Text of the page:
Thanks to Marianne Ward for this article.
It is the starting point for our oceans’ food chain. But stocks of phytoplankton have decreased by 40 percent since 1950, potentially as a result of global warming. It is an astonishing collapse, say researchers, and may have dramatic consequences for both the oceans and for humans.
The forms that marine flora and fauna come in are varied and spectacular. From bizarre deep sea creatures to elegant predators and giant marine mammals, the diversity in our planet’s oceans is astounding.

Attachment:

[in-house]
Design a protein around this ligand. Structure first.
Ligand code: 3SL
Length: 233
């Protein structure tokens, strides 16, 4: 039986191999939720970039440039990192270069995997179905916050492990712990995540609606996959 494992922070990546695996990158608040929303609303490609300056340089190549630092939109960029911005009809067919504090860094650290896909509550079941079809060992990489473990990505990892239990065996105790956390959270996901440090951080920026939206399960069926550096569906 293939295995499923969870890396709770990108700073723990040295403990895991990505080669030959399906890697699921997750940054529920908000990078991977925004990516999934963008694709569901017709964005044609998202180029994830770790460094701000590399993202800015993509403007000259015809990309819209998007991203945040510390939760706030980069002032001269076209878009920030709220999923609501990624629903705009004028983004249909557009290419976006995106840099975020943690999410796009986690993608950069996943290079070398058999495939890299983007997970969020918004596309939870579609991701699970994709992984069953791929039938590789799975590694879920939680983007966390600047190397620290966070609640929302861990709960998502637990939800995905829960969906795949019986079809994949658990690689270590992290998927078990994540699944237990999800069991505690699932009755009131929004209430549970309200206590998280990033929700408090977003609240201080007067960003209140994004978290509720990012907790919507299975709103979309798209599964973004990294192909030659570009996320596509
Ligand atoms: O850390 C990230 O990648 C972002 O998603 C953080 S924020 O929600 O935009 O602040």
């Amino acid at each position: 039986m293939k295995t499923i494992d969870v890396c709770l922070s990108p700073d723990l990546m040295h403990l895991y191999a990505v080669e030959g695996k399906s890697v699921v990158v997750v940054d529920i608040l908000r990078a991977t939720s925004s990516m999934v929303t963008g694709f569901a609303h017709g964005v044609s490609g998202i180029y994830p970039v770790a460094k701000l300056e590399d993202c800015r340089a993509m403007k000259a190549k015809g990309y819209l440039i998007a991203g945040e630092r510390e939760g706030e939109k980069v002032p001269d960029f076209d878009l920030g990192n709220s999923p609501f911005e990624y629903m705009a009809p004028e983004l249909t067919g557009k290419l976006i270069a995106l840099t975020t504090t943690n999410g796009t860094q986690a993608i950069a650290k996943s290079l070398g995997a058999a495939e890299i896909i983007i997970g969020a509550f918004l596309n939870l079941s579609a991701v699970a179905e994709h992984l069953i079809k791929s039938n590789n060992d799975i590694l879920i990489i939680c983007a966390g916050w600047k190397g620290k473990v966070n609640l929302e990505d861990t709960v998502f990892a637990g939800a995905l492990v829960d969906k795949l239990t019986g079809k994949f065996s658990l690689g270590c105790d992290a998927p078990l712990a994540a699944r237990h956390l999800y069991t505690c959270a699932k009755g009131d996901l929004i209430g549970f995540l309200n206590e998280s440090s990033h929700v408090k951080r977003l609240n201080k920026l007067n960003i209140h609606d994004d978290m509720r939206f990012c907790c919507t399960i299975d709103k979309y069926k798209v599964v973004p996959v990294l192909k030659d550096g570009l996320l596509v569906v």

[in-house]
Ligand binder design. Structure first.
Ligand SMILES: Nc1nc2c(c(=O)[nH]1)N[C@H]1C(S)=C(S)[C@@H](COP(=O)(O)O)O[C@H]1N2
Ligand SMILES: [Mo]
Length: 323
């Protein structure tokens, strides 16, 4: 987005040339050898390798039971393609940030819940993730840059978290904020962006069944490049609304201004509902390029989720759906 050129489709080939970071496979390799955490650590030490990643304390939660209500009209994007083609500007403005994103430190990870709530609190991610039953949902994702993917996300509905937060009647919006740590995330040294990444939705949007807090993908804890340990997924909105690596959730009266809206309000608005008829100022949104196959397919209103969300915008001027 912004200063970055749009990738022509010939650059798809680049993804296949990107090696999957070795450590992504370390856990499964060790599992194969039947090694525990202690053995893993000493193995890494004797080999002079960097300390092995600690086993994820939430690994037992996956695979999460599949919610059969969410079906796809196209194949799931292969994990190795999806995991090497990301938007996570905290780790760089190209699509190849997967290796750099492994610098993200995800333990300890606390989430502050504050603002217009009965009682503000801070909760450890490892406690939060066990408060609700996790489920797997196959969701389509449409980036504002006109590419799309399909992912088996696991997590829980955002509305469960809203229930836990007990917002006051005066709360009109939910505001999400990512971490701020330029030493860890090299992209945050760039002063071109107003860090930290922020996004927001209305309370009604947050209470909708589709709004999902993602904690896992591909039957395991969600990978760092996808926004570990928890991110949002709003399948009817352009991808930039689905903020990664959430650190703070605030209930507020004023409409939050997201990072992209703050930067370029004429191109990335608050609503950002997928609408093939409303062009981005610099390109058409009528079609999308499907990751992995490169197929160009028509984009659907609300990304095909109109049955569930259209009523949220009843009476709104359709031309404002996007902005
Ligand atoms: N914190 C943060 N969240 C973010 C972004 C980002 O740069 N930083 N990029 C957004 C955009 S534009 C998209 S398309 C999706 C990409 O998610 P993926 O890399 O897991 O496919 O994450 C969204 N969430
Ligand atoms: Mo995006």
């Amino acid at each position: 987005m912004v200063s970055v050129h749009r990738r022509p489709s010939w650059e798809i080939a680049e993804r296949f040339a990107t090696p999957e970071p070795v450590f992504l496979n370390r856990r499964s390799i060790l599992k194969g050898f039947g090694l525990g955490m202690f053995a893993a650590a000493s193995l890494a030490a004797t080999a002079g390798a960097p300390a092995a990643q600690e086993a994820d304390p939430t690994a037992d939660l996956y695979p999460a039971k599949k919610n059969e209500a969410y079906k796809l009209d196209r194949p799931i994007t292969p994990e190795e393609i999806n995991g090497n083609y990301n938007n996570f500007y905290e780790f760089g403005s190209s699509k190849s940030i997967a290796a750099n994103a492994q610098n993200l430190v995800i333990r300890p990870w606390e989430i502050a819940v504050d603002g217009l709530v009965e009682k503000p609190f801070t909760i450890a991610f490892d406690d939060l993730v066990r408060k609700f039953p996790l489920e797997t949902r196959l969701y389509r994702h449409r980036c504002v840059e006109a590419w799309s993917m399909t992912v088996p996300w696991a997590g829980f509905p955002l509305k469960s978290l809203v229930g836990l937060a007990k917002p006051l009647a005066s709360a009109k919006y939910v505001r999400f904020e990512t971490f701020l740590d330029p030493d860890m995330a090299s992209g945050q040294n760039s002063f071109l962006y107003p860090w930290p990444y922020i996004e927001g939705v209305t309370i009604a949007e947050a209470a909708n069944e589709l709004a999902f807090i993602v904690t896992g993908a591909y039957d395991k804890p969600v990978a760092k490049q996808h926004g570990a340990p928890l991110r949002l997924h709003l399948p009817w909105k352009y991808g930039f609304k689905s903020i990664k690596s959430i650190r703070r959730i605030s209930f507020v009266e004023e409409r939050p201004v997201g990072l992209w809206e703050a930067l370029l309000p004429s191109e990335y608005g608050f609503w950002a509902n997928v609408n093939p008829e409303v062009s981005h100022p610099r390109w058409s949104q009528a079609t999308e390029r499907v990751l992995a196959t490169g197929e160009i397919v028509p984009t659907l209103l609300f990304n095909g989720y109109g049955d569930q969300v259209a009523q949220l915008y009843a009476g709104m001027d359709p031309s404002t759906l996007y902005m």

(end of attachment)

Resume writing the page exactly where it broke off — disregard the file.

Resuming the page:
But it is the microscopic organisms like diatoms, green algae, dinoflagellates and cayanobacteria that make it all possible. Phytoplankton is the first link in the oceanic food chain. It is eaten by zooplankton which is in turn eaten by other animals, which are then consumed by yet further sea creatures. Sometimes that chain can be quite short — the only thing that separates whales from phytoplankton in the food chain, for example, are the krill that come in between.
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